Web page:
What are your thoughts on the changing trends in Indian cinema and do you think that these changes affect how movies, like Summer of 2007, are accepted by the audiences, considering the fact that Summer of 2007 is a rather unique film?

Audience has a wide range to choose from — not only from films but also shortened version of cricket, reality shows, comedy television, foreign television and routine leisure of emerging lifestyle. So they would only pick up what they think is the best for them on a particular day. Smaller films have become far more risky business because of this as the future is decided on a weekend. Films will remain unique only in the minds of the few till such time they are catered to the audience as a unique product — i am sure that audience are ready to accept the unusual unlike the distribution, promotion and marketing setups. People need to think out of the box. It is really funny that even critics seem to analyze the films based on their commercial viability.

As a producer how involved do you like to be with your projects? And what is the process that you personally follow when selecting a script and cast?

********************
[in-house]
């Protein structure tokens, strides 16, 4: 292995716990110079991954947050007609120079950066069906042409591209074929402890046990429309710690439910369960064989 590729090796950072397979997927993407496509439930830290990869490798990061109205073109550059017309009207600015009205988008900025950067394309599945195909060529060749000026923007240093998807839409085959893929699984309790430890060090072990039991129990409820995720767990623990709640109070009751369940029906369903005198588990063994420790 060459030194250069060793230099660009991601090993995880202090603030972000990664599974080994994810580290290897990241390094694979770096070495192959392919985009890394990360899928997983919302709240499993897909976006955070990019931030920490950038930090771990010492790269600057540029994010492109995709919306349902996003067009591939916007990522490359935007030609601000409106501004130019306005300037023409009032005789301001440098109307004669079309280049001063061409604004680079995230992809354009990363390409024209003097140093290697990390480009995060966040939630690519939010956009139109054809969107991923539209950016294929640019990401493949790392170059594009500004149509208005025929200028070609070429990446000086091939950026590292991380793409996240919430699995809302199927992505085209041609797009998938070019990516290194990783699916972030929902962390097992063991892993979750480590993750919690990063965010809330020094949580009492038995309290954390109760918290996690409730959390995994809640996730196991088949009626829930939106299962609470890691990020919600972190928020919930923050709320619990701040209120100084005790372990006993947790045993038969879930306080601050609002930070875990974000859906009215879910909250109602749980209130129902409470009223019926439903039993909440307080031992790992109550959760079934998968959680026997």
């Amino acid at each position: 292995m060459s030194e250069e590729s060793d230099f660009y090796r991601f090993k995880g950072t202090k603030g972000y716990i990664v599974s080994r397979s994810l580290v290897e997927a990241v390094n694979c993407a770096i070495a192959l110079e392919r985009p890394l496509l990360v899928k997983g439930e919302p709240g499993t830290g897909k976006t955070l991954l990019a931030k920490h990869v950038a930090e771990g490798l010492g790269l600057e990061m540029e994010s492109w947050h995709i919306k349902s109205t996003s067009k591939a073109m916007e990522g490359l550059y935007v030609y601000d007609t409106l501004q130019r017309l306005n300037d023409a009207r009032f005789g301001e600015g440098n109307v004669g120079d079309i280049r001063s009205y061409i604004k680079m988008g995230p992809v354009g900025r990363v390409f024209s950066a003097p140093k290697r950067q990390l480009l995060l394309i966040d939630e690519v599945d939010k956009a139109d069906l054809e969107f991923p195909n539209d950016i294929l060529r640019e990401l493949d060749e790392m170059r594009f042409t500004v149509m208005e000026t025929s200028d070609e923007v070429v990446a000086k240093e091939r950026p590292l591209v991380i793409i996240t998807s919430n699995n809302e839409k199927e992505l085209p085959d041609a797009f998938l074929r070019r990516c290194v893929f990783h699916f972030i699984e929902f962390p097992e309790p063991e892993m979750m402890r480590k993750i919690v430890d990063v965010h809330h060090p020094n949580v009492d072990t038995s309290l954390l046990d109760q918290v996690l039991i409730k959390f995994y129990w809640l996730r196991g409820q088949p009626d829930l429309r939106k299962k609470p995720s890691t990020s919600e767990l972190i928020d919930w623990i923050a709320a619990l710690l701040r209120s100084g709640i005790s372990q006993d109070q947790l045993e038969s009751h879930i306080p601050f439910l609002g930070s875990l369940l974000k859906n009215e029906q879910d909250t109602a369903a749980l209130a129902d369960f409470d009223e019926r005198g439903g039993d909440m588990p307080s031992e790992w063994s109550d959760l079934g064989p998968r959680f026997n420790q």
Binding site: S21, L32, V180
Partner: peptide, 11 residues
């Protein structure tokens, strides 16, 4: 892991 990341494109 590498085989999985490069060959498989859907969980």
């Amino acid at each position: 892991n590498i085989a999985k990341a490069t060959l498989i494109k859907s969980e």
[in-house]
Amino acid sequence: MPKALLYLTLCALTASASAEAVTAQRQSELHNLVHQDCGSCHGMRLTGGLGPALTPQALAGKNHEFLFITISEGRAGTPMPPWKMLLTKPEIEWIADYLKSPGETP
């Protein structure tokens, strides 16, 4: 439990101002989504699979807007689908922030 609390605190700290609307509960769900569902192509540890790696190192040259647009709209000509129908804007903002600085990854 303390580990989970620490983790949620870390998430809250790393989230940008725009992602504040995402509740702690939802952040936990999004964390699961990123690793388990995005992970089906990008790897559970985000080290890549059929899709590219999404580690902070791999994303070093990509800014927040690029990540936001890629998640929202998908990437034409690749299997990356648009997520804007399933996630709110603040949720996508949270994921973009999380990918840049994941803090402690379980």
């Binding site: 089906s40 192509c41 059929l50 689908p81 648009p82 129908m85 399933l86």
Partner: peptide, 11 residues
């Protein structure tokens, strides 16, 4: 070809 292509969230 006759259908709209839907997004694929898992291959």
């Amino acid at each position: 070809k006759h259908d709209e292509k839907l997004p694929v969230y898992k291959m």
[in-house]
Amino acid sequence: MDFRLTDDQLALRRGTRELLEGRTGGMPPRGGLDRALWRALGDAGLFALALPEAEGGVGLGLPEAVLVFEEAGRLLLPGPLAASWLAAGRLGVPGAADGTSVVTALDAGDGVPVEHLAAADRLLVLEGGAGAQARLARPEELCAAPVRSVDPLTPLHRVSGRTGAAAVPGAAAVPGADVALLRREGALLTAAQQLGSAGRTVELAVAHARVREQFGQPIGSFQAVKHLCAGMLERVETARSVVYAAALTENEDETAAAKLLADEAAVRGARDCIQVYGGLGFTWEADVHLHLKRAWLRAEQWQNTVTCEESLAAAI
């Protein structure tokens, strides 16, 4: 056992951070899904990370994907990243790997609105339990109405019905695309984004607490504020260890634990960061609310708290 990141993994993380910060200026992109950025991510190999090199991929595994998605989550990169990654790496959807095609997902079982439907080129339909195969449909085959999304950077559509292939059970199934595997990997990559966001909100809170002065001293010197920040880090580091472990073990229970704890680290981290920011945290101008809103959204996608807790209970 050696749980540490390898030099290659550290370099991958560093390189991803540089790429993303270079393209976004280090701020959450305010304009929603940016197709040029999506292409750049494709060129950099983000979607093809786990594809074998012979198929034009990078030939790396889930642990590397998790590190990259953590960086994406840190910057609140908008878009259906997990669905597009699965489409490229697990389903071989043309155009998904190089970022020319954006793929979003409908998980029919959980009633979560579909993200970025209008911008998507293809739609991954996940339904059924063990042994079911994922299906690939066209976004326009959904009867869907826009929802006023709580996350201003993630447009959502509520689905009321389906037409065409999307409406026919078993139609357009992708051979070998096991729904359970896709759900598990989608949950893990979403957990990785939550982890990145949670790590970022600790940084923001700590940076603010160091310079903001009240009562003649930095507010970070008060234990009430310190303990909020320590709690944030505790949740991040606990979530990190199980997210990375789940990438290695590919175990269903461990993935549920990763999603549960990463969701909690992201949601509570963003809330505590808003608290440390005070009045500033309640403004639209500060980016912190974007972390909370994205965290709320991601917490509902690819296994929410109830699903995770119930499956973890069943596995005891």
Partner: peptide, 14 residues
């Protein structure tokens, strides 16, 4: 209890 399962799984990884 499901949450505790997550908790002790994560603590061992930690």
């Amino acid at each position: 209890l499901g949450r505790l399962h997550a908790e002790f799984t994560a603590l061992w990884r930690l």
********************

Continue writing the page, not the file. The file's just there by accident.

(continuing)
I am hands on. Scripting, casting and all. I am a good manager as well. It is not such a popular and respected term otherwise I would grace myself with the title of Creative Producer. Director is the captain, I am the co-captain.

Lastly, Summer of 2007, at the moment, may not be reaching its full potential at the box office, how does that make you feel considering it is your first production venture? Does this affect your plans to continue in the industry? And most importantly what are your plans for the near future?

The box-office has betrayed me on Summer 2007 up till now. But the film will eventually recover investment. On a much brighter note, Summer has given us huge credibility as makers. For a person like me, it is like living a dream — making a film, having international release of it, most of the people are appreciating it. Mark my words, people who have misunderstood the film will turn around in a bit. We have made a very important film — on the most pertinent issues faced by our country. I have got hundreds of mails from youngsters I do not even know that Summer 2007 is a brave effort and that it has changed the way they look at life. It is a huge high. In an industry currently ruled by people with insane amount of resources, I have survived despite being alone — single producer. Investors are curious about my future plans and I cannot disappoint them. Shortly, we will announce our next — a film titled 73. Within next three months, we will have Vakeel Shakeel and Princess Me going on floor. I will grab the space destined for me.

Atul, thank you once again for participating in this interview. We at BollySpice wish you the best for the future and your films.

Kuch Toh Bolo!